Manual tasks can be quite repetitive and tedious; therefore, corporations often find them inconvenient and a real burden on their employees. Robotic process automation (RPA) can highly automate procedures, allowing early adopters of Shared Services to save money while becoming more agile and competitive. Quality improves at the same time, allowing staff to focus on higher-level activities and analysis. There are some misconceptions about RPA though that we aim to clarify.


Where should all organizations begin in the shared service industry and what to expect from RPA?

Shared services companies should consider collaborating cross-functionally to establish a route ahead that benefits the business and its people. It is essential to define the journey both when they are considering RPA or launching a trial to assess its usefulness. Early on, developing a complete stakeholder management program may assist in securing buy-in, particularly from top management and IT stakeholders. Leaders of shared services should also double-check if RPA is being used on the correct processes and activities.

For RPA to be effective, these processes must have easily established rules and utilize digital data. Before bringing these robots into production, decisions on testing and monitoring them over huge data sets should be made. In reality, most companies introduce RPA into production one step at a time to ensure quality and user experience before expanding adoption.


With all that being said, there is still some fiction regarding RPA. Hence, misconceptions can prevent businesses from implementing RPA. 


•           RPA is a brand-new idea.

In fact, the notion of automation is not new. It has been used in shared services for decades. Cloud computing and other technological improvements, on the other hand, have allowed RPA to grow. While there is some benefit here, businesses should be conscious of the hype.

•           RPA is a once-and-done solution.

In fact, organizations must assist employees in adjusting to changes as they occur. It is the same thing with automation. You must assist the automation in adapting to changes in its surroundings over time.

•           RPA is a plug-and-play technology, according to fiction.

In reality, Robotic Process Automation (RPA) is a business-driven solution that necessitates high-level cooperation. The question of how to coordinate RPA between business and IT should be addressed right away.

•           Humans and robots are not always quick.

It could be quite the opposite. A robot can typically complete a sequence of activities at a fraction of the time it takes a person to do them, although this is not always the case. To get the most out of RPA, you need to know how to use it appropriately and how to manage expectations. Humans can swiftly make judgments on procedures and their exceptions, but robots may need to consider a wide range of criteria and circumstances before deciding on the best course of action. Furthermore, once organizations realize firsthand the potential of RPA, they tend to broaden the breadth and completeness of the work well beyond what people have previously been capable of. While the automation, in this case, is slower than a person, the original robot’s output is multiple times faster than the human’s results.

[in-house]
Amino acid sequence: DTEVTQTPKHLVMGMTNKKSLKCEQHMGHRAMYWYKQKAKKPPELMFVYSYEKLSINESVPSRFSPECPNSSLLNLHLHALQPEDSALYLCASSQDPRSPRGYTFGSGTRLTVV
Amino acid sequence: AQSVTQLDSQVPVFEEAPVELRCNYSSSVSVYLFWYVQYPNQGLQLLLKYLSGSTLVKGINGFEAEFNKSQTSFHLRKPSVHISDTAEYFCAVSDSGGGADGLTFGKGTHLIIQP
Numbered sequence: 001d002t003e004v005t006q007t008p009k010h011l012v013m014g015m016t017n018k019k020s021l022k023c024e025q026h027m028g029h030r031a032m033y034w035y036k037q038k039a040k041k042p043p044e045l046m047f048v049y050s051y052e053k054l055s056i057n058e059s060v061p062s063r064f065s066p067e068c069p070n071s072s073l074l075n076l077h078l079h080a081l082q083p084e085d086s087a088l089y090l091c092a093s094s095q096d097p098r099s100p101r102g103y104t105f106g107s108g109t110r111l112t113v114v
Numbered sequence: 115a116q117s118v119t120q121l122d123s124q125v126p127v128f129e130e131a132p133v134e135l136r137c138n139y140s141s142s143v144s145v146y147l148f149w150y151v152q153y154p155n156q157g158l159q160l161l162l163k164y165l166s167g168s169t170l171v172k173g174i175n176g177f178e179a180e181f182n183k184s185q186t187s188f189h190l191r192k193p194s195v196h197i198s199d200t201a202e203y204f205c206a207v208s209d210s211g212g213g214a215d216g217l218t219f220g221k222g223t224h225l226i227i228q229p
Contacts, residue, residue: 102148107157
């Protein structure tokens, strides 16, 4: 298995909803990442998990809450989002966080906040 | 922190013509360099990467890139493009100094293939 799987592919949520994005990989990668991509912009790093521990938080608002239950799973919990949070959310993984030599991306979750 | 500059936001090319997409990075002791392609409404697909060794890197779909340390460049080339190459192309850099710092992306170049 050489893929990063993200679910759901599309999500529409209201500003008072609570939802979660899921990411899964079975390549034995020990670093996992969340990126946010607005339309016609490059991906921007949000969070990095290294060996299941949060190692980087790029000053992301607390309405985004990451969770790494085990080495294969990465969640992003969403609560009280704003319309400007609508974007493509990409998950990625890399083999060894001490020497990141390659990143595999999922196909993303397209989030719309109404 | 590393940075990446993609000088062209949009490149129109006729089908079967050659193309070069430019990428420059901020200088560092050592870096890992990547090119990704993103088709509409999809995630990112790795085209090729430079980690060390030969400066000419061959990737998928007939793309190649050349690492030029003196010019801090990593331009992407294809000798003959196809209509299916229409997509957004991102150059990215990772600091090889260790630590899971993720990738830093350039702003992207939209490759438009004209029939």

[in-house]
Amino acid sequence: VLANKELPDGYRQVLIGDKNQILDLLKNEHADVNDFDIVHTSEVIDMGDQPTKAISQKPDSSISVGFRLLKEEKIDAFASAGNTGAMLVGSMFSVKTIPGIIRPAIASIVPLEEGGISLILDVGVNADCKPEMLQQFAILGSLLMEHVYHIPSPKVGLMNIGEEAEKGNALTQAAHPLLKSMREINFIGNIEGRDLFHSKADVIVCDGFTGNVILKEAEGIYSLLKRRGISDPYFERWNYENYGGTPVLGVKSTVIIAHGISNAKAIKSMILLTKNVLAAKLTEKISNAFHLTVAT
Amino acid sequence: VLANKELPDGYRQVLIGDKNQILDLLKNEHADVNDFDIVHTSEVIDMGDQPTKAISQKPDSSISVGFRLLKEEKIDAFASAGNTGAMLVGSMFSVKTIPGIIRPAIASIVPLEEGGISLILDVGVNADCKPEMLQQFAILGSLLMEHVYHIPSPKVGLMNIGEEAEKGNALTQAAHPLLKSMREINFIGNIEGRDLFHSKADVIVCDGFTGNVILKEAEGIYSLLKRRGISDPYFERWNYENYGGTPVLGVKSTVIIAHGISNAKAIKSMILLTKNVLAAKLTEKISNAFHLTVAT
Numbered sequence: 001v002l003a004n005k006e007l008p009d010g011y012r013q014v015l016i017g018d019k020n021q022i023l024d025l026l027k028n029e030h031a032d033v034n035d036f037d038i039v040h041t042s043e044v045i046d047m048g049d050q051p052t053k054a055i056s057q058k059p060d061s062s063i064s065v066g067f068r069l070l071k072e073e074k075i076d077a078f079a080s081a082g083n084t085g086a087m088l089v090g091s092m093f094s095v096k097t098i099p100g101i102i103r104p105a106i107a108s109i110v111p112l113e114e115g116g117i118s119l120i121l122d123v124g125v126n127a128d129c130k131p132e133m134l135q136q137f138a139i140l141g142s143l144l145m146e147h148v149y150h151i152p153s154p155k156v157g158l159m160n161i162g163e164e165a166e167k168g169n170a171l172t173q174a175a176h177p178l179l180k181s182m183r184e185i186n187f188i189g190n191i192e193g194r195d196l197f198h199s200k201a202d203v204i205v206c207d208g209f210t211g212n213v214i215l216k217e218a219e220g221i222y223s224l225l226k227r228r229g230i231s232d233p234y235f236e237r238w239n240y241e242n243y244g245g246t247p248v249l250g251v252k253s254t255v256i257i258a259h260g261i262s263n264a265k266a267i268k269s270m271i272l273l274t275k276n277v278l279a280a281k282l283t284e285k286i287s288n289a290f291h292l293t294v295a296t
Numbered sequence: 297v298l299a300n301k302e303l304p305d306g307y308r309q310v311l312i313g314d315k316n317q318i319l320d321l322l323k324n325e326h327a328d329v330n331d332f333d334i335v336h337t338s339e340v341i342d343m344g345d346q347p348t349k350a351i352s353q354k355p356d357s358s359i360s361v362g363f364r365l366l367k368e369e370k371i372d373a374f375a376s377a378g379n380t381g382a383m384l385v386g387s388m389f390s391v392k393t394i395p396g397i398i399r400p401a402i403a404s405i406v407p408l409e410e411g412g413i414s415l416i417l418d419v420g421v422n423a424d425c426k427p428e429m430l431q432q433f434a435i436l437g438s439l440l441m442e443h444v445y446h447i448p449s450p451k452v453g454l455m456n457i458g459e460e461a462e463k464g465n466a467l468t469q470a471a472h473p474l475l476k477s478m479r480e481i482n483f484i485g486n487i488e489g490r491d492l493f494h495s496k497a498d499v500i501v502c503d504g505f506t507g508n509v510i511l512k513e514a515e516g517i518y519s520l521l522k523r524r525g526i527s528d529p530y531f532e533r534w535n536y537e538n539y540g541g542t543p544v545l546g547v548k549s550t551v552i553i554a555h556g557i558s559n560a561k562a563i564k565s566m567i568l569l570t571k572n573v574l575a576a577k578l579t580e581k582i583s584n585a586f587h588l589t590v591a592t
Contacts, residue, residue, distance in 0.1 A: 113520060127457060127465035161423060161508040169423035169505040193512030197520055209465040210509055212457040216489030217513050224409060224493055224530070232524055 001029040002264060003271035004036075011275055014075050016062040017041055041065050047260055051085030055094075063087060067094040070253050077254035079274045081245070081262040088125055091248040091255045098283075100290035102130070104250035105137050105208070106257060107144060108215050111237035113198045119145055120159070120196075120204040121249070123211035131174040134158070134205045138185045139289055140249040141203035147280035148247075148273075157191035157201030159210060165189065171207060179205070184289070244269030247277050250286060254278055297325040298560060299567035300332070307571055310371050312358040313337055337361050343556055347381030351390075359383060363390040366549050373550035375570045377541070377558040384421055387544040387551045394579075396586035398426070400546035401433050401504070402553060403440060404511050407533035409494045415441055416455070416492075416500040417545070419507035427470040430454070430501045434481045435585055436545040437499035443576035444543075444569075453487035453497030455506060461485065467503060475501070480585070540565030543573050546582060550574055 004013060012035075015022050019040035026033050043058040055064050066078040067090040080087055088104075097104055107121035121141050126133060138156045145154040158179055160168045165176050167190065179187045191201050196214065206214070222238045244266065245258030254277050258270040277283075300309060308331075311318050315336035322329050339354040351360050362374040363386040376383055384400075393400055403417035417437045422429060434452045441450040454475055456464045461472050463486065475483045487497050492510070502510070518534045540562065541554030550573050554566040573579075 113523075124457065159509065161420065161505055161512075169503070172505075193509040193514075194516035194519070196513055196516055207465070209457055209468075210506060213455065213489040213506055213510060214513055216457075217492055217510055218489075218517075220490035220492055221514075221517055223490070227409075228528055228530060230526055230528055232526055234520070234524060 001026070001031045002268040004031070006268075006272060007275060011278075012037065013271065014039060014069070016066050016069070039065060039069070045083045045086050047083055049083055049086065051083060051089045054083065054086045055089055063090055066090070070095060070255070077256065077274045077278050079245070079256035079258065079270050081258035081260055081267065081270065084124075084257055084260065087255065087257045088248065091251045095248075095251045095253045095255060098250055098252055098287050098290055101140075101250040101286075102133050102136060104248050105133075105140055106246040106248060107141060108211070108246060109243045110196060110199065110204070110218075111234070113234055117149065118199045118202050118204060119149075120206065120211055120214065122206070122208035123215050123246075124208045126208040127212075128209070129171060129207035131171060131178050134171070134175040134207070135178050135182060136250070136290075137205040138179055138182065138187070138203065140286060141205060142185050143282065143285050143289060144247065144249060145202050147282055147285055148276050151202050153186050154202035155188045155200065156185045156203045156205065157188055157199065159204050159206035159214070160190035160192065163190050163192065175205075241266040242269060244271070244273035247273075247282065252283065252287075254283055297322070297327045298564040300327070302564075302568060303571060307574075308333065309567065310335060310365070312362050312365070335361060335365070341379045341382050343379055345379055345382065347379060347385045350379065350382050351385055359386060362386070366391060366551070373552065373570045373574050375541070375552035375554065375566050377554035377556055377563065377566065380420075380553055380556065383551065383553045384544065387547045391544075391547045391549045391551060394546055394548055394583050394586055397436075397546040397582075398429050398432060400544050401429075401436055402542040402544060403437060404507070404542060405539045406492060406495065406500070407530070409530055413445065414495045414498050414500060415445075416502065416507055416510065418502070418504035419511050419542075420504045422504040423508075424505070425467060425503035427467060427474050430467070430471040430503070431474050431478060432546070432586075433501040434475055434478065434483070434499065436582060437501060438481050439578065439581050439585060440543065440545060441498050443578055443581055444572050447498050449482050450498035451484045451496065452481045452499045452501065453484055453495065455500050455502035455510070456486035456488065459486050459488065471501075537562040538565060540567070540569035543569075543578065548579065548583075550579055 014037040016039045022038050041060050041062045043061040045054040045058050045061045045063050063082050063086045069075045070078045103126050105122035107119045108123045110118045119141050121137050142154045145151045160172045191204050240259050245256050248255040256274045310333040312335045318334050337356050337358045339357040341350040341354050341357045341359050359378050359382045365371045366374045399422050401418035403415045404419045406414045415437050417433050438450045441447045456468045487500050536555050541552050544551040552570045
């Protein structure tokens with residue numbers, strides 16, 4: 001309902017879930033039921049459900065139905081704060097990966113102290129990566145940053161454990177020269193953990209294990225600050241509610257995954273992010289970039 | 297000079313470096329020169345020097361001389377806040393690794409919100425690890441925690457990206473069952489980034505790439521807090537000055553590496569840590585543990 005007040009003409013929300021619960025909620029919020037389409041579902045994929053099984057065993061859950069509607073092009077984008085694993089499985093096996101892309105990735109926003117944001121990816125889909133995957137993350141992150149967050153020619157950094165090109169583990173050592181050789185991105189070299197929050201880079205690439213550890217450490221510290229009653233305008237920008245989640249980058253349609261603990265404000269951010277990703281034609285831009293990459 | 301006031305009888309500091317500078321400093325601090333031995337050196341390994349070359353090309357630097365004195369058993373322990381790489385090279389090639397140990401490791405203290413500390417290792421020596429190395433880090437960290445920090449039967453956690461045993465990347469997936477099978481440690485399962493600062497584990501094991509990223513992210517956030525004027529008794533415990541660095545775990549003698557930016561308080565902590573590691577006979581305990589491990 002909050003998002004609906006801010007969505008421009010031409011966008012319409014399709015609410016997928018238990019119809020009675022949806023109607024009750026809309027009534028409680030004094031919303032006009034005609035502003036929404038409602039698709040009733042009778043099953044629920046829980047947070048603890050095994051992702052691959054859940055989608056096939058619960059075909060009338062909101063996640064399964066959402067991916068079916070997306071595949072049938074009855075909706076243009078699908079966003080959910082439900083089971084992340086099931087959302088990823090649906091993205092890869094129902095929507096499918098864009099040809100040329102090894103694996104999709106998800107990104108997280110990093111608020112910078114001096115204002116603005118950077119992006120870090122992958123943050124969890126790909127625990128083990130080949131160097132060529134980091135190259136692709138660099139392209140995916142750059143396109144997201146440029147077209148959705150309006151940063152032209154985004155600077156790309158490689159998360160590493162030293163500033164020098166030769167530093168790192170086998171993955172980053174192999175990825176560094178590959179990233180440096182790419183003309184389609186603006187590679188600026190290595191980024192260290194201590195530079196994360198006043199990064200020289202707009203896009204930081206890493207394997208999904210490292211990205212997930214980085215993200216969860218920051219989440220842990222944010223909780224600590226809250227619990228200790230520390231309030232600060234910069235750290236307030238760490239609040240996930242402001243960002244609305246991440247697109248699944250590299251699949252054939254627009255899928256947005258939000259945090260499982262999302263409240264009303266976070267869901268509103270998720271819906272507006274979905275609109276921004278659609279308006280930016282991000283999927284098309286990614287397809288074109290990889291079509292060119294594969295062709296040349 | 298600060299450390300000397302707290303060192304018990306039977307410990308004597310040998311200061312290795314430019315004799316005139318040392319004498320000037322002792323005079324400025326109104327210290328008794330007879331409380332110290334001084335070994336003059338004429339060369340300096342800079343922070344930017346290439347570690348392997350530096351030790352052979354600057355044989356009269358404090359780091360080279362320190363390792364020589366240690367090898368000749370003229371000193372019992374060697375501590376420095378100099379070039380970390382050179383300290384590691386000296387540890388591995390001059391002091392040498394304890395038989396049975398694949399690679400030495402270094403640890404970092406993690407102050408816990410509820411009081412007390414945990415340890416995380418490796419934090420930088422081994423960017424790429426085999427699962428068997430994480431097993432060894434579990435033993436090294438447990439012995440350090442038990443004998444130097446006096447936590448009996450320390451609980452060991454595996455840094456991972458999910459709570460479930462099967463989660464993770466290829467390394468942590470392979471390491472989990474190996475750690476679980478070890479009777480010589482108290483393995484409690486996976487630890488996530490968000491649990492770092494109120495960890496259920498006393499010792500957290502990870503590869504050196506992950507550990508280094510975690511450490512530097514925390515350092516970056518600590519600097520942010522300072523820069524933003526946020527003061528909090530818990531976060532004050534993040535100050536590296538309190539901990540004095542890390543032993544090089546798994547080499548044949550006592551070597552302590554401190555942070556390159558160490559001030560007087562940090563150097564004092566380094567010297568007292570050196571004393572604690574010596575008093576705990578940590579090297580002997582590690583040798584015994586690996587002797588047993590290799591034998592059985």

Most importantly, RPA is more than just a productivity booster and cost reduction. 

RPA’s real value comes when it is combined with cognitive approaches that mimic human decision-making. Predictive analytics, machine learning, and other models used for RPA are expected to have the most impact, providing the most value in terms of both managing back-office work and delivering higher-level insights. The next level of value is appropriately implementing and regulating RPA, as well as integrating the results with the expertise of skilled data scientists.


Nevertheless, before you start the RPA journey in shared services, there are some talent considerations.

While businesses can invest substantial time and money in RPA, its influence will be limited unless the culture is changed in ways that encourage business users to embrace it and truly grasp how to work with it. One of the most essential things shared services executives can do to assure success is to match business users and their expectations with the benefits of RPA. All in all, RPA automation is a crucial tool in shared service and it could be applied in many different ways which we are going to reveal in our next article.

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